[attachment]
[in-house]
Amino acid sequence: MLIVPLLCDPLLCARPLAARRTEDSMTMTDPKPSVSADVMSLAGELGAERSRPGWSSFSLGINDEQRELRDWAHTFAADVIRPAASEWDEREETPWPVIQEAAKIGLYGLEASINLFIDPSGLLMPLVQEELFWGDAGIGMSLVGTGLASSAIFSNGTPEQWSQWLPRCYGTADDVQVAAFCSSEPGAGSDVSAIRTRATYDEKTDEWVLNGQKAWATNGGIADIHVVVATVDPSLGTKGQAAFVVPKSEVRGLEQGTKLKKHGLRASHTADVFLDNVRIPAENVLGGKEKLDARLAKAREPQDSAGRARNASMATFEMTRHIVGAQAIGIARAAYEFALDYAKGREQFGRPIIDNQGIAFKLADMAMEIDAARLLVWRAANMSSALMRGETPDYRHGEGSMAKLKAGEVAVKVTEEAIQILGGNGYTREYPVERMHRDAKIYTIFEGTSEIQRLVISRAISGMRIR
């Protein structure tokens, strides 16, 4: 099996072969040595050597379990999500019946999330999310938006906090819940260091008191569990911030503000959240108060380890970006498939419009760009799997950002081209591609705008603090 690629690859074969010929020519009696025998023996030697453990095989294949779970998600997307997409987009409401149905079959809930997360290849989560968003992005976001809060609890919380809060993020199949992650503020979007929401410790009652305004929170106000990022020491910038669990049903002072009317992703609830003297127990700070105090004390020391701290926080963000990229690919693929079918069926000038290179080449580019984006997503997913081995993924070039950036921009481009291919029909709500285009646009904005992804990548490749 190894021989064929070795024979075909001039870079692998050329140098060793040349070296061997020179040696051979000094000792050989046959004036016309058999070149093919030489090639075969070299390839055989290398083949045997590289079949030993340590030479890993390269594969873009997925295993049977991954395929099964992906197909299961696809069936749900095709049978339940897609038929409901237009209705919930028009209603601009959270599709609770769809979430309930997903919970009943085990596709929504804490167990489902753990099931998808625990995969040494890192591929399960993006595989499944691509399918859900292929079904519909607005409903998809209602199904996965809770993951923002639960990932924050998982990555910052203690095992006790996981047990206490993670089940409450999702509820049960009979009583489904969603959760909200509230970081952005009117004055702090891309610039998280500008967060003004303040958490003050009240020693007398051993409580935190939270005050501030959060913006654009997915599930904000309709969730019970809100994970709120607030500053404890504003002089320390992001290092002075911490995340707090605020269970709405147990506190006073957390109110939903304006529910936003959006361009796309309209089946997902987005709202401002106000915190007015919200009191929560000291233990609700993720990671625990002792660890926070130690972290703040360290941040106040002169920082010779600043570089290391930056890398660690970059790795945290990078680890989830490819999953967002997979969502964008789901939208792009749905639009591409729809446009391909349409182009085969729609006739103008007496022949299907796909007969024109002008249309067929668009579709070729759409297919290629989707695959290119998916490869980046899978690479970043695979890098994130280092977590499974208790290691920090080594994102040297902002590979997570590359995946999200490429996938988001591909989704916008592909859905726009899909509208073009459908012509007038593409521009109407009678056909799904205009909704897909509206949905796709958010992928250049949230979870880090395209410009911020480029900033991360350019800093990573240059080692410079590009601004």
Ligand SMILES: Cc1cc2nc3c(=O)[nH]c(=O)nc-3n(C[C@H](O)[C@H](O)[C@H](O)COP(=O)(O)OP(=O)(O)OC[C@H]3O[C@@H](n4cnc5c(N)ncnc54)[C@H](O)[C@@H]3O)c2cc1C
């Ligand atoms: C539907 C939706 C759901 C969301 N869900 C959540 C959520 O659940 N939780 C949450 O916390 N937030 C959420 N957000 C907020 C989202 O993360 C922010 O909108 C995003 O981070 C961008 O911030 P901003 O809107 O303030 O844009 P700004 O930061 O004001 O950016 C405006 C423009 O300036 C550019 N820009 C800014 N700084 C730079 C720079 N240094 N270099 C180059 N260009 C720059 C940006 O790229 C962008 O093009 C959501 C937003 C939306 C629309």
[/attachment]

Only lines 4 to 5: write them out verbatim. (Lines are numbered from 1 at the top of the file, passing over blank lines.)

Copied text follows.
Ligand SMILES: Cc1cc2nc3c(=O)[nH]c(=O)nc-3n(C[C@H](O)[C@H](O)[C@H](O)COP(=O)(O)OP(=O)(O)OC[C@H]3O[C@@H](n4cnc5c(N)ncnc54)[C@H](O)[C@@H]3O)c2cc1C
């Ligand atoms: C539907 C939706 C759901 C969301 N869900 C959540 C959520 O659940 N939780 C949450 O916390 N937030 C959420 N957000 C907020 C989202 O993360 C922010 O909108 C995003 O981070 C961008 O911030 P901003 O809107 O303030 O844009 P700004 O930061 O004001 O950016 C405006 C423009 O300036 C550019 N820009 C800014 N700084 C730079 C720079 N240094 N270099 C180059 N260009 C720059 C940006 O790229 C962008 O093009 C959501 C937003 C939306 C629309």